Author(s): Sarah Kang

Quantifying extreme events from short weather forecast data

Source(s): Eos - AGU
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Subseasonal weather forecast ensembles are a useful tool for overcoming the inherent difficulty of quantifying extreme weather risk caused by data scarcity.

Assessing the risk of extreme weather events is crucial for our society, but it is incredibly challenging due to their sporadic nature. Although high-resolution weather models are critical for accurately evaluating extreme events, they are typically run only on synoptic timescales. Therefore, long-term climatological risk assessments rely on centennial-scale integrations of cheaper low-resolution or statistical models.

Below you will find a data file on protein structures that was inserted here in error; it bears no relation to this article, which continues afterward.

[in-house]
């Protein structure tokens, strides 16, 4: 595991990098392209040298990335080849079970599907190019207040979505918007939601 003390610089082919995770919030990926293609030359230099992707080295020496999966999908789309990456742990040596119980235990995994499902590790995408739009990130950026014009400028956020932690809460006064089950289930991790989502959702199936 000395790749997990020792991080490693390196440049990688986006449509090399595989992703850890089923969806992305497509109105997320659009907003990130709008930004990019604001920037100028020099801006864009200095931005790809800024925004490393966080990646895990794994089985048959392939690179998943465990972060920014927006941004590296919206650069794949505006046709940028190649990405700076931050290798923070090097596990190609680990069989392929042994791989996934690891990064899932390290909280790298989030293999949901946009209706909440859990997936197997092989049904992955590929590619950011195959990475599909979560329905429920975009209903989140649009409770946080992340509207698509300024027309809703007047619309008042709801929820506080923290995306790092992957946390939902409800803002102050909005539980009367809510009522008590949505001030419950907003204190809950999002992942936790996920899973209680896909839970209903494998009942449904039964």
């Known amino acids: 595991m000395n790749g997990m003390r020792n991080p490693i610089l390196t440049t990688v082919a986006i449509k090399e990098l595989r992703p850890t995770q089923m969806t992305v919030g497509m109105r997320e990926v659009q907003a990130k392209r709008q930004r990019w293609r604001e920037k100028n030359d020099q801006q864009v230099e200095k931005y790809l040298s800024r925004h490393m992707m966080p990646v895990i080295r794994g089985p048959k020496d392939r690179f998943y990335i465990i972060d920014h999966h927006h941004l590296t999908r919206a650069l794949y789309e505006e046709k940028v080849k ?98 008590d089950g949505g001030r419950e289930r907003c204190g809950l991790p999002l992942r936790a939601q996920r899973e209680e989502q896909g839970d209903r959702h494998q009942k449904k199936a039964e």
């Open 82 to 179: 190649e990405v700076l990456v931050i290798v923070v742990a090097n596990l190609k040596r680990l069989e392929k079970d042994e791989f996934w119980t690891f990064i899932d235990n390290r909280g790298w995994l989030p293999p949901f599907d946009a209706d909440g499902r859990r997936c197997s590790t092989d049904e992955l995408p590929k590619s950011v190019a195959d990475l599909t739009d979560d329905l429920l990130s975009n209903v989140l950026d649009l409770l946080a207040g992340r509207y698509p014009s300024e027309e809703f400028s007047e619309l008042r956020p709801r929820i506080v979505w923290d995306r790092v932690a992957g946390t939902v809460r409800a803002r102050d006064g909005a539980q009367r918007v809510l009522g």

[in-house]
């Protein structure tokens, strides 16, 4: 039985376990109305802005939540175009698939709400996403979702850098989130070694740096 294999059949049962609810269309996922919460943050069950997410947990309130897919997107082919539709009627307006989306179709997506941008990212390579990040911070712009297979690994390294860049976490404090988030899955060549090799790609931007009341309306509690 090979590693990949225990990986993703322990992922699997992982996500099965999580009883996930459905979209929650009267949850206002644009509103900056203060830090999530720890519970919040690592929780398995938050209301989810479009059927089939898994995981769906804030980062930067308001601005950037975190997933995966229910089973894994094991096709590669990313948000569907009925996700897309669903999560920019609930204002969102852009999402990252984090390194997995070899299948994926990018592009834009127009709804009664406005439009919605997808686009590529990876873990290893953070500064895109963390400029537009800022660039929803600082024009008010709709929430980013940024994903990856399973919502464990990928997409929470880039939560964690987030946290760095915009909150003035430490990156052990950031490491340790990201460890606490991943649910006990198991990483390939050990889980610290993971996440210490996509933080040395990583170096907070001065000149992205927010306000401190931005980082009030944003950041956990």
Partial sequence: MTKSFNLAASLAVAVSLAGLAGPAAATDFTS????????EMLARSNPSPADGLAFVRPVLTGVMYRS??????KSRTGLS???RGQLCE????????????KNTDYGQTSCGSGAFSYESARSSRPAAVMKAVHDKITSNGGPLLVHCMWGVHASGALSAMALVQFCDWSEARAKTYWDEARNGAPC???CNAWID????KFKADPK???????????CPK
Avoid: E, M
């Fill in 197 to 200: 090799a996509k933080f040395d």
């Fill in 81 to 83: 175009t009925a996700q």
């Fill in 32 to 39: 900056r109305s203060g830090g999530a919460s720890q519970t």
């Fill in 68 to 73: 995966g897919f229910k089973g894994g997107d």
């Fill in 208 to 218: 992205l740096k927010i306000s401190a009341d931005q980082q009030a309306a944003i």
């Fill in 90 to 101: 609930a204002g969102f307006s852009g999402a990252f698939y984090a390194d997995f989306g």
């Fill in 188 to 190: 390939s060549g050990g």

However, Finkel et al. [2023] propose new statistical methods that utilize subseasonal weather forecast ensembles to extract once-in-500-year events, even with only 20 years of 46-day weather forecasts. The method is specifically applied to sudden stratospheric warming (SSW) events, which provide a source of surface weather predictability on the subseasonal-to-seasonal timescale. As a potential next step, one could seek to understand the impact of global warming on extremes by utilizing a high-resolution model in ensemble forecast mode, initialized around a decade at the end of this century, as provided by a climate model.

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